The Episcopal Church in South Carolina: Courts, Conventions and Predatory Opportunism
BY Ladson F. Mills III
Special to Virtueonline
January 29, 2013
The faithful remnant of loyal Episcopalians in South Carolina acknowledge the previous weekend has been an emotional roller coaster. The arrival of the presiding bishop with pep rally excitement and a grand reception was tempered by a judge's ruling prohibiting their use of the official name and diocesan seal until a legal decision is rendered. The lesson here is that to live by the legal model is to risk dying by it.
The presiding bishop was at her best. She managed to convey the right image by offering comfort as well as hope for those in despair. With few exceptions she sounded reasonable as she presented her ideas as the embodiment of moderate Anglicanism. Sadly even her supporters have come to accept that her rhetoric is rarely reflected when dealing those with whom she disagrees. One of her most revealing moments occurred during the convention when she despairingly referred to Bishop Mark Lawrence with the description that "the tyrant is not the judge." There is an increasing number of liberals within her own camp who believe she might have been describing herself.
I was especially sensitive to this behavior having just read the January 18th article in VOL ("Bishop von Rosenberg has History of Passive Aggressive Behavior") which interviewed three former Episcopalians from the Diocese of East Tennessee. This was painful to read having known the three interviewed for this story. I experienced them as among the most decent, and talented Christian leaders in my thirty years of parish ministry. Their loss to the Episcopal Church is as tragic as it is heart breaking.
In the interest of full disclosure I was greatly blessed by their friendship support and counsel during my tenure as rector. They were part of a leadership team which formed a "rectors pastoral care committee." Following emergency surgery they were mortified upon discovering my name had not been placed on the parish prayer or pastoral care list. Their concern was magnified by the fact that my predecessor died of a cerebral hemorrhage after only nine months in office. His predecessor, an internationally known and respected priest, was asked to leave after serving nearly ten years. They wanted to halt an unhealthy pattern in which clergy were regarded as objects whose needs were often overlooked. This commission provided love and support when my son left for the war in Iraq. It is something which I can never forget.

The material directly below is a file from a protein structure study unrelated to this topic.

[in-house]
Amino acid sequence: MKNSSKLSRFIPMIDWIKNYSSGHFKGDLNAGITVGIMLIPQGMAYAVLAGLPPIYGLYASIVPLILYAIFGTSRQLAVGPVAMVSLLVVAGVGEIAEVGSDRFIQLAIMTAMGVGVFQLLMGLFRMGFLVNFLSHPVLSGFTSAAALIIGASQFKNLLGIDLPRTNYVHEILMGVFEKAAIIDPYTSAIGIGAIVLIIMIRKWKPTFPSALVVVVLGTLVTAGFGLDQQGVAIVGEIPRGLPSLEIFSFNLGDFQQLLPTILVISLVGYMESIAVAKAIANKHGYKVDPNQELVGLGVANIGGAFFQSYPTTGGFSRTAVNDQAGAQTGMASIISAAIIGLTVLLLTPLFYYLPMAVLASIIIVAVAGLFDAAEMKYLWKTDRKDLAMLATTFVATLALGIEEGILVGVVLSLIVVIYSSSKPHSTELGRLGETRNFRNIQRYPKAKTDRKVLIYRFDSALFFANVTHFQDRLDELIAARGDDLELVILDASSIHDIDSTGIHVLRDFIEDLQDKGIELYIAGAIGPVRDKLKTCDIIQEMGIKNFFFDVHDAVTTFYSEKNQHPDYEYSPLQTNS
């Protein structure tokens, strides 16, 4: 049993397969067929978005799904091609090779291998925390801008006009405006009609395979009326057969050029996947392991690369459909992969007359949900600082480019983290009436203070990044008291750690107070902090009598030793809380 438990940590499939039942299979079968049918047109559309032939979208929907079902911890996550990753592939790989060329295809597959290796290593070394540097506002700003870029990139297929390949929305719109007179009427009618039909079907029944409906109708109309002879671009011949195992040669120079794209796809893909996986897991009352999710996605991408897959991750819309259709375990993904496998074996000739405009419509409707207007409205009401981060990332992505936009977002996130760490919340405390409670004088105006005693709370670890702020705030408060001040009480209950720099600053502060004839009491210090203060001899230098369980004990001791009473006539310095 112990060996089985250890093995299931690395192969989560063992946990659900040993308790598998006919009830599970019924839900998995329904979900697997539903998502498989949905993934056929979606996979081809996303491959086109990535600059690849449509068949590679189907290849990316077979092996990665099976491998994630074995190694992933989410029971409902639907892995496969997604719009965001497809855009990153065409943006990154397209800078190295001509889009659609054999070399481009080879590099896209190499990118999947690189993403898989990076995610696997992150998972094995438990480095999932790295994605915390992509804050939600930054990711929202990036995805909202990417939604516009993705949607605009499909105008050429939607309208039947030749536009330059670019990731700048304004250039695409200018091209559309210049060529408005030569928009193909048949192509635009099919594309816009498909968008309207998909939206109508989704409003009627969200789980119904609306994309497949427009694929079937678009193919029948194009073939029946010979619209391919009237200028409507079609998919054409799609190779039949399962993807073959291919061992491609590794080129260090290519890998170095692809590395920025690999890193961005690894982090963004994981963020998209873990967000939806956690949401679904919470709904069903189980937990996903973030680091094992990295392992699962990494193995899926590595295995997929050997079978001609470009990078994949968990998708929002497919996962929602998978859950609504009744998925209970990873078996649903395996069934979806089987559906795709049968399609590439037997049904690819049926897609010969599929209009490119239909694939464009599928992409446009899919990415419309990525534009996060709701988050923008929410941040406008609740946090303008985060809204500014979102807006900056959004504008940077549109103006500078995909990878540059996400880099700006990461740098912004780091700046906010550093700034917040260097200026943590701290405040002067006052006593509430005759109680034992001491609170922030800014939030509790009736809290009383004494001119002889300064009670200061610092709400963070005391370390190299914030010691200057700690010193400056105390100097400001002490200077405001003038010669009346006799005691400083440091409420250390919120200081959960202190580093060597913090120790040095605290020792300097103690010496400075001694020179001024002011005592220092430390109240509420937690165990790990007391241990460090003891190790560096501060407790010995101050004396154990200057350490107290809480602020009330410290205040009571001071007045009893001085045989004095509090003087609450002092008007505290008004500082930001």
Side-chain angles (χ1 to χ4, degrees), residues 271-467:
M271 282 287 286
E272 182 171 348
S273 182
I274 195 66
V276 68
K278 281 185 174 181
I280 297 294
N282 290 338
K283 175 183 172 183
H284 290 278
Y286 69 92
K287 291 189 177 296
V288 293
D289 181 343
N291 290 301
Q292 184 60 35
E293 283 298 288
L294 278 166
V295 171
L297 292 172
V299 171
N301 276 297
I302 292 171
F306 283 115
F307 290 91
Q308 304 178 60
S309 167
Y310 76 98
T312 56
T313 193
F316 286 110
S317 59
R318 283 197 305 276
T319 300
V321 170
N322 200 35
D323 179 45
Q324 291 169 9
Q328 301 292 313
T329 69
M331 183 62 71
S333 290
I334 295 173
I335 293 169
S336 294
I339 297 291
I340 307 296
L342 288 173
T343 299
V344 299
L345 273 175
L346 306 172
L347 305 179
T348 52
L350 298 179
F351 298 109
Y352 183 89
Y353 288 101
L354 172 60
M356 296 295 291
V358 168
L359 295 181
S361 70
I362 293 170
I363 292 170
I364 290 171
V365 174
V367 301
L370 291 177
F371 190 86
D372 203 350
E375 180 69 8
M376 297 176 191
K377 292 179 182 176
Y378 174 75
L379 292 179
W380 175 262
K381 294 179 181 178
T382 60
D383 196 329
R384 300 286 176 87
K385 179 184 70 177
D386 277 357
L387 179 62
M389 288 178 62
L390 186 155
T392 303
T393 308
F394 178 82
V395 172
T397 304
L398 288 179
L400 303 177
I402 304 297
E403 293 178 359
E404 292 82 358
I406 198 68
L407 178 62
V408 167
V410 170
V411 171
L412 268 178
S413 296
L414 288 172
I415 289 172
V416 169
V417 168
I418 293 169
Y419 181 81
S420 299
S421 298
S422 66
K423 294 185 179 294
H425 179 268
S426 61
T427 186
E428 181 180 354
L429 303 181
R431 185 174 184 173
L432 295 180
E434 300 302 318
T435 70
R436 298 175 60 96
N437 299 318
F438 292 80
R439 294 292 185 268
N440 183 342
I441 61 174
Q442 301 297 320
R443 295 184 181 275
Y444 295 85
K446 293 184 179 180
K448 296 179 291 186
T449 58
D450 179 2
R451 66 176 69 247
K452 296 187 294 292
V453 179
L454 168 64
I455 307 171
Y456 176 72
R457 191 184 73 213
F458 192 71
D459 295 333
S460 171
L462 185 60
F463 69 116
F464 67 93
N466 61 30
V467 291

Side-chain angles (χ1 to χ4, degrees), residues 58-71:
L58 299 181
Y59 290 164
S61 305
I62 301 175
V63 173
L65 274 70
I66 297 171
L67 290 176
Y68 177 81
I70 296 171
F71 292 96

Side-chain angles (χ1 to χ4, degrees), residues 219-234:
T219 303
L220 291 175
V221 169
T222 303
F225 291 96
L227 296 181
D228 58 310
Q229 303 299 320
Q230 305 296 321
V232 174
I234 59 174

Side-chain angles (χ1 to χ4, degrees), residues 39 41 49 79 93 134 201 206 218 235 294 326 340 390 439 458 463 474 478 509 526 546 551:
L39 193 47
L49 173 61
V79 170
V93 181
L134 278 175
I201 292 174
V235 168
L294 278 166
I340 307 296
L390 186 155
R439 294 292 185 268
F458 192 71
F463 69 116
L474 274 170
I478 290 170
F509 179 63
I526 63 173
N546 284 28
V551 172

I had been made aware of the incident involving Hank Bahr and Charlie vonRosenberg who is currently serving as the provisional bishop in South Carolina. I was, however unaware of the depth of pain and sense of betrayal that resulted from this incident. Although no longer rector I received numerous calls of concern from within the parish. Those who contacted me expressed uncomfortableness believing Bahr had been the victim of an intentionally orchestrated and vicious personal attack. This concern was magnified due to a similar encounter during the 2004 diocesan convention. A delegate from the parish and respected former assistant diocesan chancellor found himself the victim of an incident which they viewed as disturbingly similar. These events occurred well before Jefforts-Schori became presiding bishop and while she is not the cause she is a product of this mentality. Opposition to the organization results in being cut off and ostracized. Even loyal opposition is no longer tolerated.